*California Governor Gavin Newsom has made it a crime for first responders to take photographs of deceased victims ″outside of job duties,” said Assemblyman Mike Gipson.
Gipson introduced the legislation in May, titled “Invasion of Privacy: First Responders,” after it was reported that Los Angeles County Sheriff’s Department deputies shared photos of Kobe Bryant’s crash site with colleagues.
Newsome signed the Kobe Bryant Act of 2020 (AB 2655), on Monday. Violation of the law will result in a misdemeanor, PEOPLE reports.
— Asm. Mike A. Gipson (@AsmMikeGipson) September 29, 2020
Bryant’s wife, Vanessa, filed a legal complaint against the LA Sheriff’s Department over the leaked photos.
″In reality, however, no fewer than eight sheriff’s deputies were at the scene snapping cell-phone photos of the dead children, parents, and coaches,″ the document said. ″As the Department would later admit, there was no investigative purpose for deputies to take pictures at the crash site. Rather, the deputies took photos for their own personal purposes.”
The Sheriff’s Dept. reportedly tried to keep the photo scandal under wraps, until reporters from the Los Angeles Times exposed the cover-up.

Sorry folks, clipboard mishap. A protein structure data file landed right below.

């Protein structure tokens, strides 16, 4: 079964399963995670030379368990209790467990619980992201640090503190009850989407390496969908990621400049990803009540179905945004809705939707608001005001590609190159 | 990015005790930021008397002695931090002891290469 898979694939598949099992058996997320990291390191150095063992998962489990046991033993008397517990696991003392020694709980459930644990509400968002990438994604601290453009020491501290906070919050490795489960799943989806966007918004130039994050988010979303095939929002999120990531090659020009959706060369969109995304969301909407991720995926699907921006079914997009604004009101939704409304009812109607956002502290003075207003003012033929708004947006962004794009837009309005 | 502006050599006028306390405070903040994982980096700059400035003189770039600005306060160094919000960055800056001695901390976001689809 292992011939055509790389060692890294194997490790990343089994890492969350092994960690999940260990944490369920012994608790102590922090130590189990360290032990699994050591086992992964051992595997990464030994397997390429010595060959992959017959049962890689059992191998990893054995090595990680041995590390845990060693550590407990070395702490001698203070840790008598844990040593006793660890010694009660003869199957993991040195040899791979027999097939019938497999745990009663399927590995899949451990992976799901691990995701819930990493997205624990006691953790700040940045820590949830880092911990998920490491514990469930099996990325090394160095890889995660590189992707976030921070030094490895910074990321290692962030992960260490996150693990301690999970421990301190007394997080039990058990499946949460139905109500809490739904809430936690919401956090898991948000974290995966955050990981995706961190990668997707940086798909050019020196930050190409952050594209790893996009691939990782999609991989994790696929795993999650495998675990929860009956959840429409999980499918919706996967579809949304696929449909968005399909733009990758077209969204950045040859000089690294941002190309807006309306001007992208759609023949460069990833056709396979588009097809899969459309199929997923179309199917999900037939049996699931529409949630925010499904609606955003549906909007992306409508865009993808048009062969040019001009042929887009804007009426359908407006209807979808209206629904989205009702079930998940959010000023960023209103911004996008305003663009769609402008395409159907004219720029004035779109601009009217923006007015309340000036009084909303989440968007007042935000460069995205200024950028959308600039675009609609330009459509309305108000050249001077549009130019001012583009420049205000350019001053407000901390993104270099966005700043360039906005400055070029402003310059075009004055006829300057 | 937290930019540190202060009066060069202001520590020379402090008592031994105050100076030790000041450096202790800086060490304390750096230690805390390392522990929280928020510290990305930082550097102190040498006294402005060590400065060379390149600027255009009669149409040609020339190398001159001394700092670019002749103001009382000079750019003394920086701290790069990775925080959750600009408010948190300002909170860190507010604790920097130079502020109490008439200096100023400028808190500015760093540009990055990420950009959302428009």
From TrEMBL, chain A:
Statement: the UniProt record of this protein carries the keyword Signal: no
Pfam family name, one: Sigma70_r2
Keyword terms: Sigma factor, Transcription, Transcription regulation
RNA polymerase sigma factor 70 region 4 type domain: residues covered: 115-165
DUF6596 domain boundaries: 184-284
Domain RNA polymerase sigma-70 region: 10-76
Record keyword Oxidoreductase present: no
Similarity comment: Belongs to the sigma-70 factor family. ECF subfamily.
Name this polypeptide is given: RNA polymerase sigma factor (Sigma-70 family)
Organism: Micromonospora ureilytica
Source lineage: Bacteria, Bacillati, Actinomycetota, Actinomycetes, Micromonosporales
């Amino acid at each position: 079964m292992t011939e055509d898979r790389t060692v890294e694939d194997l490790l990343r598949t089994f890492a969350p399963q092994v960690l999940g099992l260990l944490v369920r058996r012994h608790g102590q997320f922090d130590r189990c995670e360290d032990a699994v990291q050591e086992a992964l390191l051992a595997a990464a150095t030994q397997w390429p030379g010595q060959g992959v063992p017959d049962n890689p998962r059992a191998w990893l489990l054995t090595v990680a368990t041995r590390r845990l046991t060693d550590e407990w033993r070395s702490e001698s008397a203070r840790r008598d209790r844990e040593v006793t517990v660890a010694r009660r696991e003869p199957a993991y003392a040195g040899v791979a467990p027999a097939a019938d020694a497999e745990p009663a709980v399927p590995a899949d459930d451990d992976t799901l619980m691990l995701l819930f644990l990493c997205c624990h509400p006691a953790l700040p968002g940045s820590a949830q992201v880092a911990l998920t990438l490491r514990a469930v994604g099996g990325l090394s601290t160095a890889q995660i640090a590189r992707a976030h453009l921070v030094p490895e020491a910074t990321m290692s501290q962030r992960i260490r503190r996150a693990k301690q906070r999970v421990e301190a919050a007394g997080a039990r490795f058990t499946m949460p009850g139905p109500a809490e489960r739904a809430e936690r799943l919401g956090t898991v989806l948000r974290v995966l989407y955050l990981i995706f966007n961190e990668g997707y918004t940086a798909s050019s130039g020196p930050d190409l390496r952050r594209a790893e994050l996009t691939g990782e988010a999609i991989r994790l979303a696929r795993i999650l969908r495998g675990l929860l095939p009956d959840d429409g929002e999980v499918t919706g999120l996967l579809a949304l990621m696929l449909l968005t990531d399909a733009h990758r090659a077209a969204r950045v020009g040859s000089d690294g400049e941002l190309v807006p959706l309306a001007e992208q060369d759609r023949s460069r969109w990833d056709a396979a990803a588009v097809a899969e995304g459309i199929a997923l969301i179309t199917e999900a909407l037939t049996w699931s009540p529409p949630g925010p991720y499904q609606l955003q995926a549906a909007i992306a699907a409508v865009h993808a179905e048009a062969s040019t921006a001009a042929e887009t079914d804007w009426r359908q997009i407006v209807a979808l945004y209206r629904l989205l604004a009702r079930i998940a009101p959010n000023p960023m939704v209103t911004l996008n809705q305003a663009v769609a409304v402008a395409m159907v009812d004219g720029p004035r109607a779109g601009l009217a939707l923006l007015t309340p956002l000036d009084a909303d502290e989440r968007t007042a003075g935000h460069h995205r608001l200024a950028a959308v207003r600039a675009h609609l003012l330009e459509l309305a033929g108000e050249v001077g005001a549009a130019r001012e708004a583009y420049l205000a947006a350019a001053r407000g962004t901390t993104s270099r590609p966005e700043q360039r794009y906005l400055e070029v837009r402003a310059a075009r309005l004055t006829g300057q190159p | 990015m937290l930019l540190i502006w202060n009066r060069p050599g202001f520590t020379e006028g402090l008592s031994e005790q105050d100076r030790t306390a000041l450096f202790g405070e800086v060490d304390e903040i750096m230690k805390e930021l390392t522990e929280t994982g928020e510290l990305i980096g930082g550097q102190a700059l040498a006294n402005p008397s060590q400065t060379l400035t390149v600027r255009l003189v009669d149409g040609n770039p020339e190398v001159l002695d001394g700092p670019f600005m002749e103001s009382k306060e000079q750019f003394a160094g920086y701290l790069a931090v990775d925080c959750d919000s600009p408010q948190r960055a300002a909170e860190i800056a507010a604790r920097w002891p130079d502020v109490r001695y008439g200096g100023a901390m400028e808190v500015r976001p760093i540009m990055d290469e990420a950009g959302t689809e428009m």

Here’s what TMZ reported:
Deputies who responded to Kobe Bryant’s helicopter crash site and took pictures of the remains were given a secret way out without repercussion.
We’re told a message was relayed.. if you got Kobe pics — come in, come clean and delete them. Do that, and you won’t be punished.
Sheriff Alex Villanueva responded to Newsom’s signing of the bill on Monday.
″Shortly following the Calabasas helicopter crash which tragically took nine lives, I sponsored legislation which now makes it a crime for public safety personnel to take or share pictures of the deceased for other than an official purpose,” he wrote on Twitter.
“Thank you to @GavinNewsom for signing #AB2655 today, @AsmMikeGipson for authoring, and @JonesSawyerAD59 for supporting in committee,” Villanueva continued.